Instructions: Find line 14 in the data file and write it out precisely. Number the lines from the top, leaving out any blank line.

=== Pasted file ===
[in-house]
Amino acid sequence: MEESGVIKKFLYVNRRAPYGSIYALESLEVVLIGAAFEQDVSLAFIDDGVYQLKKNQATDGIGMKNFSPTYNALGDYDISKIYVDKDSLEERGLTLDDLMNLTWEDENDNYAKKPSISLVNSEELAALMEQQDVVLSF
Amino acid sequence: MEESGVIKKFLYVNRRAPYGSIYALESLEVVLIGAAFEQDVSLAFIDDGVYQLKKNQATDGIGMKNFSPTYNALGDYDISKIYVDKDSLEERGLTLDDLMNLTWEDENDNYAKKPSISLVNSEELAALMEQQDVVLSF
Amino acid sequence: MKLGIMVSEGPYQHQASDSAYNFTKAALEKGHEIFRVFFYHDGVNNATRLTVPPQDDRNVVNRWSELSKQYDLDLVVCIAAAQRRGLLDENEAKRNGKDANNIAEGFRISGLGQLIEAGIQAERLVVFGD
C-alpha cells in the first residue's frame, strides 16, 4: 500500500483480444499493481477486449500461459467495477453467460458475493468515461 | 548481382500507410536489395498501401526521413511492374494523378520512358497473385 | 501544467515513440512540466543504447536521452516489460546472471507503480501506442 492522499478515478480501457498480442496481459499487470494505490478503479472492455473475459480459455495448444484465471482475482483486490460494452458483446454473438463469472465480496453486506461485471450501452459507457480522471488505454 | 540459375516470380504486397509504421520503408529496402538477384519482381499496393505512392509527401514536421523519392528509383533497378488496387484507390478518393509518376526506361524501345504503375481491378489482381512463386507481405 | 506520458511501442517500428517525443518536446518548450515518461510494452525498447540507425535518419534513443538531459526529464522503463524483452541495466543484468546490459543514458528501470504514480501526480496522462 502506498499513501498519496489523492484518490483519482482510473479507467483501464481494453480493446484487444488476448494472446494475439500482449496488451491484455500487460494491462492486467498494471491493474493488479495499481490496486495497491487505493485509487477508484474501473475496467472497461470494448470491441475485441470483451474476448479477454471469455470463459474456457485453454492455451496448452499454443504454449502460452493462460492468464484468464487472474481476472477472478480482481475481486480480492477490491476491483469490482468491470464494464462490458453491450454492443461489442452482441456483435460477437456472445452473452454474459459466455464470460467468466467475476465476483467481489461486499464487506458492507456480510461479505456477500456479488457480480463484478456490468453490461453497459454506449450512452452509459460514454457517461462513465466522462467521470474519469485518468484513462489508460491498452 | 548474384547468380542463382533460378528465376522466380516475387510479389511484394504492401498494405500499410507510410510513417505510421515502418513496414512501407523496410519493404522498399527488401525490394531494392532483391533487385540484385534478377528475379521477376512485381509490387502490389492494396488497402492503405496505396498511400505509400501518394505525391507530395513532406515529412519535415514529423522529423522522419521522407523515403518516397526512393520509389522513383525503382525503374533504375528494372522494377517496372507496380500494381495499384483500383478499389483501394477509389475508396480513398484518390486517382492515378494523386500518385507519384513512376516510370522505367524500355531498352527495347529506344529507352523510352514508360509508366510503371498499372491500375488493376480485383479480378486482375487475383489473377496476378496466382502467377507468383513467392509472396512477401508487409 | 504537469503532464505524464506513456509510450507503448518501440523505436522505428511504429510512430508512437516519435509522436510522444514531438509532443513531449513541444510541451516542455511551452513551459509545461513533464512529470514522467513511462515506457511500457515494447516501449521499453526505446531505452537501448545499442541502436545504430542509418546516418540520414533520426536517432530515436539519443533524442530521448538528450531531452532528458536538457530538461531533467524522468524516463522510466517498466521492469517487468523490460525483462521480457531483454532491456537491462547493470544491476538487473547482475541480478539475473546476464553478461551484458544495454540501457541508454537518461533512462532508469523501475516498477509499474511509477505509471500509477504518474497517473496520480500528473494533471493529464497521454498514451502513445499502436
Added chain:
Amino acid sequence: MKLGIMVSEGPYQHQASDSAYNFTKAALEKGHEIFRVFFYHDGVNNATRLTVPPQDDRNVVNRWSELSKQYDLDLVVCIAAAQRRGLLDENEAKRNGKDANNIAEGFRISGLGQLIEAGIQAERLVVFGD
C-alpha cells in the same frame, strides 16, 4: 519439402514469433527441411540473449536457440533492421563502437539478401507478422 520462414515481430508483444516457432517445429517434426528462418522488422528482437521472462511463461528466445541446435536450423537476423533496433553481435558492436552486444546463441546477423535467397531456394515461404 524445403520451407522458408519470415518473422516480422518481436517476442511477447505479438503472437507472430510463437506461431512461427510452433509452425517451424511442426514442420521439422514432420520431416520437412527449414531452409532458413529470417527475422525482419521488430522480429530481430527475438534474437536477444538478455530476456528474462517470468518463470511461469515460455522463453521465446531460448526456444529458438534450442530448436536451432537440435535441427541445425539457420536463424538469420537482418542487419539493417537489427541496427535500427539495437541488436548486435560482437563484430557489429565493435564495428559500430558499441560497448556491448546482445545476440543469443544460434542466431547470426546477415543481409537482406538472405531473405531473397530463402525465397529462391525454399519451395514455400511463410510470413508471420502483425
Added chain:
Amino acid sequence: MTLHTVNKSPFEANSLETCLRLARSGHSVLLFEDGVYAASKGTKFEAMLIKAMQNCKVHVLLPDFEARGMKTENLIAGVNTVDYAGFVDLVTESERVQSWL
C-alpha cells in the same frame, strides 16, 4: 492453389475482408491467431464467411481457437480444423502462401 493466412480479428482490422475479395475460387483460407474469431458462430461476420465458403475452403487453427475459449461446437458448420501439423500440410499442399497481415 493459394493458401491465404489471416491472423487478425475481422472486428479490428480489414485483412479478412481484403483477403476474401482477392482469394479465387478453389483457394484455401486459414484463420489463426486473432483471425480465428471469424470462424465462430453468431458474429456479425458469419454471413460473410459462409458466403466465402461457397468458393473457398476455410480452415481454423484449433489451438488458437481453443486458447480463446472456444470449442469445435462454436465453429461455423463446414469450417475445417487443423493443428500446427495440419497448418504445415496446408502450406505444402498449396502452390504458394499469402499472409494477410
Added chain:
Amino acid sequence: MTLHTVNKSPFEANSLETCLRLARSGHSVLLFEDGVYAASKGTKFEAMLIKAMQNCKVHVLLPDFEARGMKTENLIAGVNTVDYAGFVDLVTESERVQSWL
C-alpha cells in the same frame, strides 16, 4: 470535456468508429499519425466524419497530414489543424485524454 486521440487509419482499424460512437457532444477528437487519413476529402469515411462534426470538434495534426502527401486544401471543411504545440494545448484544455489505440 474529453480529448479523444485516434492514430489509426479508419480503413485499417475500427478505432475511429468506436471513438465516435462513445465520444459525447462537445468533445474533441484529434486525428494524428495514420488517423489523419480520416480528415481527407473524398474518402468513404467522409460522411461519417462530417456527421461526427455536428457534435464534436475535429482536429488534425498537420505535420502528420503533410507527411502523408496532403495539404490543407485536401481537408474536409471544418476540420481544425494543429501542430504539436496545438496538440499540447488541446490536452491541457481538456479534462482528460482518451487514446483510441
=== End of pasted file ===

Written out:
C-alpha cells in the same frame, strides 16, 4: 470535456468508429499519425466524419497530414489543424485524454 486521440487509419482499424460512437457532444477528437487519413476529402469515411462534426470538434495534426502527401486544401471543411504545440494545448484544455489505440 474529453480529448479523444485516434492514430489509426479508419480503413485499417475500427478505432475511429468506436471513438465516435462513445465520444459525447462537445468533445474533441484529434486525428494524428495514420488517423489523419480520416480528415481527407473524398474518402468513404467522409460522411461519417462530417456527421461526427455536428457534435464534436475535429482536429488534425498537420505535420502528420503533410507527411502523408496532403495539404490543407485536401481537408474536409471544418476540420481544425494543429501542430504539436496545438496538440499540447488541446490536452491541457481538456479534462482528460482518451487514446483510441